“I’m very concerned that someone’s going to get hurt, whether it be someone in their cars or a protester,” Dugan told the Tampa Bay Times on Thursday. “We’ve had too many close calls during these protests.”
Dugan and the department have drawn criticism from various sides for its handling of street protests.
Many Facebook commenters on Dugan’s video said police were failing to do their job to clear protesters from the street and make arrests if necessary. Some of the comments reflect the violent anti-protester rhetoric that has permeated social media since activists protesting policy brutality and systemic racism began taking to the streets since George Floyd was killed by a Minneapolis police officer on May 25.
“If you try to block me in my vehicle it outweighs you and you will become a SPEED BUMP!” one Facebook commenter wrote on Dugan’s video post.
In the interview, Dugan said his department tries to give protesters some leeway as they spread their message, “but at some point you have to get out of the street.”
“We’re trying to give them as much space as possible because whenever we show up," he said. "It becomes a flashpoint but we have an obligation when someone calls 911 to respond.”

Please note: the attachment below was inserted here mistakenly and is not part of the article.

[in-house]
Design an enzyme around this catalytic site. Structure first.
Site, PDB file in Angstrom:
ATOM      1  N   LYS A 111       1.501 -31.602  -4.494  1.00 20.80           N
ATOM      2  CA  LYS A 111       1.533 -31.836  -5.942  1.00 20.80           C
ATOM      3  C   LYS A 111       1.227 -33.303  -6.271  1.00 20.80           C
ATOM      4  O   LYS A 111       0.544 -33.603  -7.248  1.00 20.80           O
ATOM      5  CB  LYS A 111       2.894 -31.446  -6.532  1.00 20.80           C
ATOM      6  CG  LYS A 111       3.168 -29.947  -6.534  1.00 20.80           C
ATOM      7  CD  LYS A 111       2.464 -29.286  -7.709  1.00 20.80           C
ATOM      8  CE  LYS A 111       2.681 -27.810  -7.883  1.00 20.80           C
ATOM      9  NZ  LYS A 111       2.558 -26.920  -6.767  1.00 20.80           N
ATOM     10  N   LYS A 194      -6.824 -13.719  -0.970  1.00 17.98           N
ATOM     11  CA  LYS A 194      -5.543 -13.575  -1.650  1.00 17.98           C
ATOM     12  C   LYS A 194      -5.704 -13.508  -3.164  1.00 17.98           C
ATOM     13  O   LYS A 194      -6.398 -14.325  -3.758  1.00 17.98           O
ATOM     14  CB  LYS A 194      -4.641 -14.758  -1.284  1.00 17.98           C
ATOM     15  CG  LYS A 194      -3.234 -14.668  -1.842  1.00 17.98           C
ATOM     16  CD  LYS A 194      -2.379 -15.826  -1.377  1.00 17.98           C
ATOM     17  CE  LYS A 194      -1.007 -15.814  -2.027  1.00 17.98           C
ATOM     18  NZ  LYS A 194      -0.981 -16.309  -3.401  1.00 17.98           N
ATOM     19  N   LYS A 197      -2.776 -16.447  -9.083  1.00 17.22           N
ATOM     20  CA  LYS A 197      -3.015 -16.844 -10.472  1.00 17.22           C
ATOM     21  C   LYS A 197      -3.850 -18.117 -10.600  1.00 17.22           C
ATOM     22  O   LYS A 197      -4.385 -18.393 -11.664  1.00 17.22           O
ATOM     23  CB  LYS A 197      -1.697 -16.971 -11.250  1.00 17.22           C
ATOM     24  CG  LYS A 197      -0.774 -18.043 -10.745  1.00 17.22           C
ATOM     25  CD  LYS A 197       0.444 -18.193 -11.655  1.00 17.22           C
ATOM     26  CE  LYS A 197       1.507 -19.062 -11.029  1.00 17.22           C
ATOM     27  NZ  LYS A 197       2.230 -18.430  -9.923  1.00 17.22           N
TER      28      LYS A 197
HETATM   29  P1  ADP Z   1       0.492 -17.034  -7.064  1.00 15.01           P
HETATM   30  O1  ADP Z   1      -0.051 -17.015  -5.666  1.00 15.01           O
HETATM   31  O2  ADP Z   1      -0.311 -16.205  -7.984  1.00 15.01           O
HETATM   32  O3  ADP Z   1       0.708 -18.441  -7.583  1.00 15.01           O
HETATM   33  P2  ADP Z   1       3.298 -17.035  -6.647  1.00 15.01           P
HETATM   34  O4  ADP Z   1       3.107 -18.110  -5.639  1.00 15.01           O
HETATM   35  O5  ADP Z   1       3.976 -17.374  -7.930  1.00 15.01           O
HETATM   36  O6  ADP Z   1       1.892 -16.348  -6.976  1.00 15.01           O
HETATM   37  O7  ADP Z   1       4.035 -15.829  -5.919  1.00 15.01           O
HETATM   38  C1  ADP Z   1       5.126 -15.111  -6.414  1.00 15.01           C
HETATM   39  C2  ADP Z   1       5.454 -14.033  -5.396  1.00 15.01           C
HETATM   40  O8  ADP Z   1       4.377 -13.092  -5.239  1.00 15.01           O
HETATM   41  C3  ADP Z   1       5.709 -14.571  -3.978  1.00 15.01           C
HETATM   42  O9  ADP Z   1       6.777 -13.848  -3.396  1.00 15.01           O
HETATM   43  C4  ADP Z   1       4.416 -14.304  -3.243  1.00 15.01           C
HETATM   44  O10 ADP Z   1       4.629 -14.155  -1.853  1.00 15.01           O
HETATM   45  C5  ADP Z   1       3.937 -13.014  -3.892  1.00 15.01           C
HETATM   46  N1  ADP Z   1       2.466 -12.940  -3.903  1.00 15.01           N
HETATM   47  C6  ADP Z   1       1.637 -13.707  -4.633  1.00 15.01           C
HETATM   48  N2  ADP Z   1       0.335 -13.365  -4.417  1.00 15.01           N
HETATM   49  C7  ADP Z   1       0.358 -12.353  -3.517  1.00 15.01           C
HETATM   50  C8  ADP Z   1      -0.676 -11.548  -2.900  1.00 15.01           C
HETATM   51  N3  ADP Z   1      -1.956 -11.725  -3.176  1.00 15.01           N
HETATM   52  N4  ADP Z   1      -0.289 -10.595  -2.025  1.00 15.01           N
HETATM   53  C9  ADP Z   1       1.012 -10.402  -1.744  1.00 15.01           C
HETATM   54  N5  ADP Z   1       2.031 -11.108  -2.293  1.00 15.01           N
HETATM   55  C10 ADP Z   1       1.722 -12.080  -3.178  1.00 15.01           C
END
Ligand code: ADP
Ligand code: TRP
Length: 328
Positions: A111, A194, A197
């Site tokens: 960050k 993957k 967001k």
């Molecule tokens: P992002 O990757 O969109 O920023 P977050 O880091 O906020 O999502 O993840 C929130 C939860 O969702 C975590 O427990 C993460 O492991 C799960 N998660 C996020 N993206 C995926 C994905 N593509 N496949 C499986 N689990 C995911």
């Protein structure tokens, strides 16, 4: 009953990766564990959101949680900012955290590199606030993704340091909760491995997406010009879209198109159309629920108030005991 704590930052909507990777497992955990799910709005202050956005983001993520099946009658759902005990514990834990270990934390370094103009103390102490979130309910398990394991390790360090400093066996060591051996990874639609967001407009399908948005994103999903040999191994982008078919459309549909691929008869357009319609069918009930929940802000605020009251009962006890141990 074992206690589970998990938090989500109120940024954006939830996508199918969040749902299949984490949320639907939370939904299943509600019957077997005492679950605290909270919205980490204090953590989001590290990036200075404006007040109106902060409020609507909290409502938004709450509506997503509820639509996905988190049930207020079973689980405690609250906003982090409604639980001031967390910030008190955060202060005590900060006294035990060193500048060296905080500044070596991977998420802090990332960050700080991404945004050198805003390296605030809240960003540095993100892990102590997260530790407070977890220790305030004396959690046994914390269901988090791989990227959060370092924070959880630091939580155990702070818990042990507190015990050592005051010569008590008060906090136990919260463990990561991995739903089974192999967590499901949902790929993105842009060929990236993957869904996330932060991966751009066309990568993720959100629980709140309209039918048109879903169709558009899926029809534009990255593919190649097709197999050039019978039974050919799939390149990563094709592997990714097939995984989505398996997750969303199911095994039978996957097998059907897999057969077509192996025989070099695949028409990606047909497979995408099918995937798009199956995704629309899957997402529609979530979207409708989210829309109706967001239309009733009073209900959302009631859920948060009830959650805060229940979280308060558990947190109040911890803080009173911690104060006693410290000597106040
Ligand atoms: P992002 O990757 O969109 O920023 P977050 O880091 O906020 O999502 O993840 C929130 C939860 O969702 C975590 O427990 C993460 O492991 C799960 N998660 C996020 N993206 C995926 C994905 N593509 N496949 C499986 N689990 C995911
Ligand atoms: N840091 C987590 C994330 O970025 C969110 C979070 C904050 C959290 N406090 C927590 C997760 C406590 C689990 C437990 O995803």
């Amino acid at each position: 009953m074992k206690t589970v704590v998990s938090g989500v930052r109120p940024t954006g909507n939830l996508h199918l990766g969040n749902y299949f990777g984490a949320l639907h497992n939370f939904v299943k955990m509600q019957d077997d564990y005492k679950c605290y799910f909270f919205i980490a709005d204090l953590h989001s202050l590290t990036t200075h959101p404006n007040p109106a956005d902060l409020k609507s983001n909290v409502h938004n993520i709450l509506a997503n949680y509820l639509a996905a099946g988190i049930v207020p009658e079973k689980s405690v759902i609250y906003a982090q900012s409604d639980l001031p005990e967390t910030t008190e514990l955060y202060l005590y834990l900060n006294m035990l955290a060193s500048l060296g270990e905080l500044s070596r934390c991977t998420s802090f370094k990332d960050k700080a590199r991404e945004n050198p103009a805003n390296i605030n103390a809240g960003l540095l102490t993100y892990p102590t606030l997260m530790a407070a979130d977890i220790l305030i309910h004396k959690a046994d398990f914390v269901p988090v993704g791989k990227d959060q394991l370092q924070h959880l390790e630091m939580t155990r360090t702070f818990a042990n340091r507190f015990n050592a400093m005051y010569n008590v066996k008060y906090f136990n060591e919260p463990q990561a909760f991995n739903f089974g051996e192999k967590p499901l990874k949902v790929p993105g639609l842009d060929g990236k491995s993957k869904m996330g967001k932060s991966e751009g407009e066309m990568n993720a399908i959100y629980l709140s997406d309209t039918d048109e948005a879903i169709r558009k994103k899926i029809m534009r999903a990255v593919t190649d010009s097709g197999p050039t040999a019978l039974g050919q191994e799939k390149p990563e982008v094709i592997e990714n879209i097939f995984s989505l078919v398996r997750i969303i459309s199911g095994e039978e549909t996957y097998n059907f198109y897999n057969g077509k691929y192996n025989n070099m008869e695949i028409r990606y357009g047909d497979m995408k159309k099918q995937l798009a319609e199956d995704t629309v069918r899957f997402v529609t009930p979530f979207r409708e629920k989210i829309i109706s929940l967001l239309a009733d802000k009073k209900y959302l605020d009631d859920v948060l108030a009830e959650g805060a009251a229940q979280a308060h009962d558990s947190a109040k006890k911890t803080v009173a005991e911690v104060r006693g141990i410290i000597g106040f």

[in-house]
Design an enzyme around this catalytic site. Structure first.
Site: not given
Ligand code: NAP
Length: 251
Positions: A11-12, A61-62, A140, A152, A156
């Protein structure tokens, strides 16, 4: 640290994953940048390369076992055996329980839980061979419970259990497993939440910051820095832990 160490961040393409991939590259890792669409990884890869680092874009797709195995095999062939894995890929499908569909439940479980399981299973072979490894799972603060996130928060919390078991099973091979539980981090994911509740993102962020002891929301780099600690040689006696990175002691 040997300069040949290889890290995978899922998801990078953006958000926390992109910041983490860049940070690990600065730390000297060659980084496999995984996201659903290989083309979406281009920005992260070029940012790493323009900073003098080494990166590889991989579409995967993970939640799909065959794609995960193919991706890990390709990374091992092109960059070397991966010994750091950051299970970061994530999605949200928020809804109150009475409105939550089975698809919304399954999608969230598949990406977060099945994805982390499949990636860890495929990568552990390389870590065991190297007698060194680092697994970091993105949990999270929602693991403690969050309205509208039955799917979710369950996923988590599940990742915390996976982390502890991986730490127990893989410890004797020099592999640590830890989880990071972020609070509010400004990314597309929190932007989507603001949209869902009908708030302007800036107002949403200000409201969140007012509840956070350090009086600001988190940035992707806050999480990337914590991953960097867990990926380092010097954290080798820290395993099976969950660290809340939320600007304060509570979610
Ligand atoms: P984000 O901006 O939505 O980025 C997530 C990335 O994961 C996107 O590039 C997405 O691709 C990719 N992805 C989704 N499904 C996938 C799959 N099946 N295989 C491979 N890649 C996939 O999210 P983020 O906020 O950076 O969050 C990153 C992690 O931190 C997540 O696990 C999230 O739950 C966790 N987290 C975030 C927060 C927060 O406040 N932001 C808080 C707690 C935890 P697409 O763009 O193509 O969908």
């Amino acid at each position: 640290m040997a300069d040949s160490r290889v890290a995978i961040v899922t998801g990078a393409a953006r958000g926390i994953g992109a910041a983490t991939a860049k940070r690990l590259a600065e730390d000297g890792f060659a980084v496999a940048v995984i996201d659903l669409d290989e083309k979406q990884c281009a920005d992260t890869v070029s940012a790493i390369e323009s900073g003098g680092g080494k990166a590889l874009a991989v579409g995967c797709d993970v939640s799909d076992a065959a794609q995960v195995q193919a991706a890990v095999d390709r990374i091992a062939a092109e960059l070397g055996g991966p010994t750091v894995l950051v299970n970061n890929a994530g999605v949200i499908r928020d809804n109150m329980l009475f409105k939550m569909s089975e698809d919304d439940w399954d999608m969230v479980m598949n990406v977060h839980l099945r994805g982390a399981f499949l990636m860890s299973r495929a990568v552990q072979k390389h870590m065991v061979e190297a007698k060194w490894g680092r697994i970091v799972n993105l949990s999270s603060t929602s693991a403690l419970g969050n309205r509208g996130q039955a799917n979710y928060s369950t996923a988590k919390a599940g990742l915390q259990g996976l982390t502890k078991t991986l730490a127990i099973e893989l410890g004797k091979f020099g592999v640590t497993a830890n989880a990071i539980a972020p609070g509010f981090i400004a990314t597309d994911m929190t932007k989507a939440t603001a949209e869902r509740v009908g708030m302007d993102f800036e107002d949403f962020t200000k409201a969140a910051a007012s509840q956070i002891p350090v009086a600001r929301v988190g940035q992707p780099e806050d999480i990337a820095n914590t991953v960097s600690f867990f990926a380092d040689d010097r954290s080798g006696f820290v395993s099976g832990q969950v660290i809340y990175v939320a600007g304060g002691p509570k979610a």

Protesters, meanwhile, have accused the department of targeting activists instead of arresting drivers who put lives at risk by driving through demonstrations.
Shelley Reback, a retired Tampa attorney who has attended recent protests as what she called a “neutral legal observer,” said Dugan’s message to drivers is long overdue.
“I think it’s the first time that a city official has come out and said ‘don’t run into people’ and has admonished drivers not to drive through a protest even if they’re in the middle of the street,” Reback said.
But she said Tuesday’s incident shows how police are also failing to hold drivers accountable.
Though Reback was farther up the street when the encounter with the woman in the Jeep happened, she said video clearly shows the Jeep coming into contact with one of the protesters who then has to jump out of the way, which prompted the Kia driver to try to intervene. The protester and other witnesses at the scene reported the same to police, which should have led to the Jeep driver’s arrest, Reback said.
“It appears they won’t arrest these violent vigilante drivers, and that encourages and emboldens others to do the same,” she said. “Some protester is going to get killed or hurt badly soon and (Mayor) Jane Castor and TPD are going to share the blame for that.”
Tampa police spokeswoman Jamel Laneé said the incident remains under investigation.
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Coverage of local and national protests from the Tampa Bay Times
WHAT PROTESTERS WANT: Protesters explain what changes would make them feel like the movement is successful.
WHAT ARE NON-LETHAL AND LESS-LETHAL WEAPONS? A guide to what’s used in local and national protests.
WHAT ARE ARRESTED PROTESTERS CHARGED WITH? About half the charges filed have included unlawful assembly.
CAN YOU BE FIRED FOR PROTESTING? In Florida, you can. Learn more.
HEADING TO A PROTEST? How to protect eyes from teargas, pepper spray and rubber bullets.